There has been only one attempt to use a plane as a means of extortion in this country. However, the story is much more than that Qantas flight.



In a lovely example of life imitating art, on the 26th of May 1971, Australia was under the spell of an exciting event that gripped the nation. At about noon that morning, the Australian Federal Police received a phone call from a mysterious man calling himself “Mr Brown”. There was, he said, a bomb on board Qantas flight 755 from Sydney to Hong Kong. Once the airplane would dip under 6,500 meters, it would trigger the altitude sensor and the jet would explode. If the authorities wanted to save the 128 people on board, they had to pay half a million dollars in cash, in unmarked and used $20 notes, within hours. Soon, the nation held its breath. The “Great Plane Robbery” was in full swing, and it looked like Mr Brown was winning. For number six in our series of the weird and wonderful in Australian history, let’s go back to the only airline extortion attempt ever pulled off in this country. And to what happened next.

To prove he wasn’t lying, Mr Brown led police officers and Qantas officials to a locker at Sydney Airport, where they found a bomb that looked remarkably like the device the extortionist had been describing. They defused it, replaced the explosives with a testing light bulb and took it up in another jet. At exactly the moment “Mr. Brown” had predicted, the light came on. This was disconcerting and a reason to contact the pilot of the plane, Captain William Selwyn, who was in charge of “City of Broken Hill”, the Boeing 707 at the centre of the drama. They were lucky as Selwyn was the son of a WWI stretcher-bearer, who had won himself a few military medals during that conflict. The son, who was now behind the controls, had been flying anti-submarine bombers during WWII. So he was very able to keep it cool under pressure, and that was necessary, because the authorities had no idea what to do. They told Selwyn to divert the plane and send his crew out to search it in the meantime. So over the next two hours, flight attendants pulled paneling off toilet cubicles and rifled through every garbage can and oven. They found nothing. Selwyn, who had first set course for Brisbane and then for Sydney, was getting a tad worried. The longer his flight was in the air, the less fuel he had to land it safely.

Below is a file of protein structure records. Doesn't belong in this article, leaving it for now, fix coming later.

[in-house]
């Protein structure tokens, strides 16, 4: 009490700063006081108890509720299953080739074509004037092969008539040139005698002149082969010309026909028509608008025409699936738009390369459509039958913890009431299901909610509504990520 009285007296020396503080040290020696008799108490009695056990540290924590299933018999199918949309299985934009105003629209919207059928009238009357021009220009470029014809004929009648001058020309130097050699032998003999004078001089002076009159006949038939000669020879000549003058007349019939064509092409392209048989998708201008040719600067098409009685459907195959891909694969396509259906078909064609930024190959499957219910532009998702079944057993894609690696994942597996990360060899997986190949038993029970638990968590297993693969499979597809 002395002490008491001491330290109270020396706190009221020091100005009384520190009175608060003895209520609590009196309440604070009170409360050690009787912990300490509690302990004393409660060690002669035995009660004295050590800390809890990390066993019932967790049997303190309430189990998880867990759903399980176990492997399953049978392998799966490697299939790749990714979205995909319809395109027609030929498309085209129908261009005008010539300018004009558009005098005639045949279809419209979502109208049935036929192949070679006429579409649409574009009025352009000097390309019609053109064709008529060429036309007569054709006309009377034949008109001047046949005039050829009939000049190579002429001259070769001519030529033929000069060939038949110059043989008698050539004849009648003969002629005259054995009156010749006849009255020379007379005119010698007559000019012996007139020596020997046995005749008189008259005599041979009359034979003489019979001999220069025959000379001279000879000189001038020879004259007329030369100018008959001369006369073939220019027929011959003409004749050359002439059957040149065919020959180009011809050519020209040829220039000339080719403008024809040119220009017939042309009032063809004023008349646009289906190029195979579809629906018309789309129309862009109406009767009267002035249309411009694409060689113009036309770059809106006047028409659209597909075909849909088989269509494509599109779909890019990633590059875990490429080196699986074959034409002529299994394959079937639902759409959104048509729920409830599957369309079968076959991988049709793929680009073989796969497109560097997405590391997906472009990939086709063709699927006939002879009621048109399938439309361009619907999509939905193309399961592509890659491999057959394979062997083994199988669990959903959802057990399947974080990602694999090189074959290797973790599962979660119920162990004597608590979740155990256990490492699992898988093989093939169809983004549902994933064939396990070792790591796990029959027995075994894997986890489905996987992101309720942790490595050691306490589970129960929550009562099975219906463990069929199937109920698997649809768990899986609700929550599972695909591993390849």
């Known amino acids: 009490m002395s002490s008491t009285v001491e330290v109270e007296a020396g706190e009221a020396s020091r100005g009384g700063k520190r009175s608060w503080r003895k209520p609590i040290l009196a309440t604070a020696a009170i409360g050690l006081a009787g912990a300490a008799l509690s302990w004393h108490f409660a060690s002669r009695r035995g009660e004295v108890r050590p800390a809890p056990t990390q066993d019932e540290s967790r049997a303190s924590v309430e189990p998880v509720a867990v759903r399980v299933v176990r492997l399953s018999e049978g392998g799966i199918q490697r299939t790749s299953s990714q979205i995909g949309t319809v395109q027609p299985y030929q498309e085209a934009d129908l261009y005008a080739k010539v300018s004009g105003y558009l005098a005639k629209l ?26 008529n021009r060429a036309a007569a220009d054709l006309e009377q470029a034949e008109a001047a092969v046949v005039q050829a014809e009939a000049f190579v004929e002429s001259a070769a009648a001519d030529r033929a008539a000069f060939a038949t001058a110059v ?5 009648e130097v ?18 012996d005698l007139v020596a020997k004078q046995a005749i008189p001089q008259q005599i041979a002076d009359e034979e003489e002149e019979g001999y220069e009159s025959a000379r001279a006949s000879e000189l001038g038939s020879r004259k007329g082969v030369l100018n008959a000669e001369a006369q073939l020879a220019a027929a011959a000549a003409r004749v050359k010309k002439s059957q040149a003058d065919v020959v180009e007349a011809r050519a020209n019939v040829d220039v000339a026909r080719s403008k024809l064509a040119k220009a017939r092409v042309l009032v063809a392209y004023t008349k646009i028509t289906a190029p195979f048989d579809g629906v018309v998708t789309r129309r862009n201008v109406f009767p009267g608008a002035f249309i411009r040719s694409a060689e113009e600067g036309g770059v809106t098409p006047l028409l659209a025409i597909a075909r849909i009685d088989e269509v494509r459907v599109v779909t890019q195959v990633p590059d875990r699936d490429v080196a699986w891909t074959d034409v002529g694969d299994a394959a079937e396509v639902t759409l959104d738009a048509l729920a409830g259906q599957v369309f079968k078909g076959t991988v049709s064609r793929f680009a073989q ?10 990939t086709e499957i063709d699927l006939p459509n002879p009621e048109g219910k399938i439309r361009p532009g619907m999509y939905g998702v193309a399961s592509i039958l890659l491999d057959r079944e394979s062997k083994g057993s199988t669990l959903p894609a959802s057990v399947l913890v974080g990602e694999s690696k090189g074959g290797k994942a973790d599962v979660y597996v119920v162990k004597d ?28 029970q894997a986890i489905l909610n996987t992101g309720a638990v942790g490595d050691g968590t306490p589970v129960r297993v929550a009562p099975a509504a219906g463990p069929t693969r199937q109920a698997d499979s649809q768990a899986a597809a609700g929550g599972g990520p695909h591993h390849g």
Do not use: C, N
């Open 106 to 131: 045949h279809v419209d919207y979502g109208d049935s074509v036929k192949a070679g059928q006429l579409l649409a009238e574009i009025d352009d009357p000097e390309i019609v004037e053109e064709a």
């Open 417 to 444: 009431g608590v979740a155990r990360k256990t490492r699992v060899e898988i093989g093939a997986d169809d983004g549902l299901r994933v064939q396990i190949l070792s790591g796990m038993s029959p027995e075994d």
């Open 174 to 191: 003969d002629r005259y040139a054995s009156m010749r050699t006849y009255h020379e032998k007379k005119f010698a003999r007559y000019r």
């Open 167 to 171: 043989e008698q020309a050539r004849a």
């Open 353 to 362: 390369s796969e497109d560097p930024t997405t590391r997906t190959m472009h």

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At 3pm that afternoon, Mr. Brown made another phone call, telling the authorities where to deposit the money. Finally, at 5.30pm, Qantas agreed to pay the ransom, and half an hour later, its general manager, Robert Ritchie, could be seen pushing suitcases full of cash through the window of a Volkswagen Kombi that had stopped in front of Qantas House. Behind the wheel was Mr. Brown, of course in disguise, who sped off after the delivery had been made. At 6.20 he called again, telling the anxious emergency committee that there was no bomb after all. Half an hour later, Selwyn landed his plane, with 6 minutes of fuel left. Shaken and even a little stirred, he retired at the end of 1971.

A massive manhunt ensued, but without result. And that was a problem, for a number of reasons. First of all, of course, because half a million dollars was a lot of money and you can’t let anybody get away with that. But another issue was that 1971 was peak year for hijackings. Throughout the whole of the 1960s, there had only been about a dozen of them worldwide. But in 1970 alone, ten planes had been taken over. Sometimes by crackpots, but more and more by people with a political gripe, like the Japanese Red Army, Cubans demanding the release of political prisoners, the Popular Front for the Liberation of Palestine, Kashmir Separatists, students opposed to the Marcos government in the Philippines and even a US Navy deserter who had a problem with being shipped to Vietnam. In the first few months of 1971, there were four such hijackings, and the authorities didn’t want airplanes to become the new black for people with an issue, political or otherwise.